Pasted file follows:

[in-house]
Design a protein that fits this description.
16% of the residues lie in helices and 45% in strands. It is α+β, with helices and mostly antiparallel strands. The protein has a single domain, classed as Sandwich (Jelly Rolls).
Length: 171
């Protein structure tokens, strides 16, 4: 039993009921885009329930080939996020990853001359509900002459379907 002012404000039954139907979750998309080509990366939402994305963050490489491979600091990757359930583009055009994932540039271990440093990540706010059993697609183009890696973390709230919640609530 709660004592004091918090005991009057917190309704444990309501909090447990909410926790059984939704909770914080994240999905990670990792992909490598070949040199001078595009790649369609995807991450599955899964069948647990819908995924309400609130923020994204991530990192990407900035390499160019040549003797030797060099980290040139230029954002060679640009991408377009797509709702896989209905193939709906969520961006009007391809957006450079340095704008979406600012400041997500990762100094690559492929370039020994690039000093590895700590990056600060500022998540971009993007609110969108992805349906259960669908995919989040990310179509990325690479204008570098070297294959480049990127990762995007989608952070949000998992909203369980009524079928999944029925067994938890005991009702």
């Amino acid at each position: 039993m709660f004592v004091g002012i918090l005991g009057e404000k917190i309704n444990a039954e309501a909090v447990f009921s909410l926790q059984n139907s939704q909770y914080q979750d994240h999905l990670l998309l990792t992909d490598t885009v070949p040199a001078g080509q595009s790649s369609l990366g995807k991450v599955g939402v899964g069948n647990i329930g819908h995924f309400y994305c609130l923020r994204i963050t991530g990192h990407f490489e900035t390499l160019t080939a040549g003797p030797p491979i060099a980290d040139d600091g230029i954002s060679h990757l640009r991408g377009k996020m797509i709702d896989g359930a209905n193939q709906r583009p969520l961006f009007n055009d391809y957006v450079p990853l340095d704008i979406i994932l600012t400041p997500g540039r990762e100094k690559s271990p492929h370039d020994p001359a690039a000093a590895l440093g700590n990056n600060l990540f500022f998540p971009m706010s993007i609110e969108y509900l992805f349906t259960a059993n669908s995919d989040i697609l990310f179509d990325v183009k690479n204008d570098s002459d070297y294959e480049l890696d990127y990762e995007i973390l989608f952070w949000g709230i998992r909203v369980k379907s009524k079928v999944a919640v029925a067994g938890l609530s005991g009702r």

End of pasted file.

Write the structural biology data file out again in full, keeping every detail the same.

[in-house]
Design a protein that fits this description.
16% of the residues lie in helices and 45% in strands. It is α+β, with helices and mostly antiparallel strands. The protein has a single domain, classed as Sandwich (Jelly Rolls).
Length: 171
């Protein structure tokens, strides 16, 4: 039993009921885009329930080939996020990853001359509900002459379907 002012404000039954139907979750998309080509990366939402994305963050490489491979600091990757359930583009055009994932540039271990440093990540706010059993697609183009890696973390709230919640609530 709660004592004091918090005991009057917190309704444990309501909090447990909410926790059984939704909770914080994240999905990670990792992909490598070949040199001078595009790649369609995807991450599955899964069948647990819908995924309400609130923020994204991530990192990407900035390499160019040549003797030797060099980290040139230029954002060679640009991408377009797509709702896989209905193939709906969520961006009007391809957006450079340095704008979406600012400041997500990762100094690559492929370039020994690039000093590895700590990056600060500022998540971009993007609110969108992805349906259960669908995919989040990310179509990325690479204008570098070297294959480049990127990762995007989608952070949000998992909203369980009524079928999944029925067994938890005991009702």
């Amino acid at each position: 039993m709660f004592v004091g002012i918090l005991g009057e404000k917190i309704n444990a039954e309501a909090v447990f009921s909410l926790q059984n139907s939704q909770y914080q979750d994240h999905l990670l998309l990792t992909d490598t885009v070949p040199a001078g080509q595009s790649s369609l990366g995807k991450v599955g939402v899964g069948n647990i329930g819908h995924f309400y994305c609130l923020r994204i963050t991530g990192h990407f490489e900035t390499l160019t080939a040549g003797p030797p491979i060099a980290d040139d600091g230029i954002s060679h990757l640009r991408g377009k996020m797509i709702d896989g359930a209905n193939q709906r583009p969520l961006f009007n055009d391809y957006v450079p990853l340095d704008i979406i994932l600012t400041p997500g540039r990762e100094k690559s271990p492929h370039d020994p001359a690039a000093a590895l440093g700590n990056n600060l990540f500022f998540p971009m706010s993007i609110e969108y509900l992805f349906t259960a059993n669908s995919d989040i697609l990310f179509d990325v183009k690479n204008d570098s002459d070297y294959e480049l890696d990127y990762e995007i973390l989608f952070w949000g709230i998992r909203v369980k379907s009524k079928v999944a919640v029925a067994g938890l609530s005991g009702r």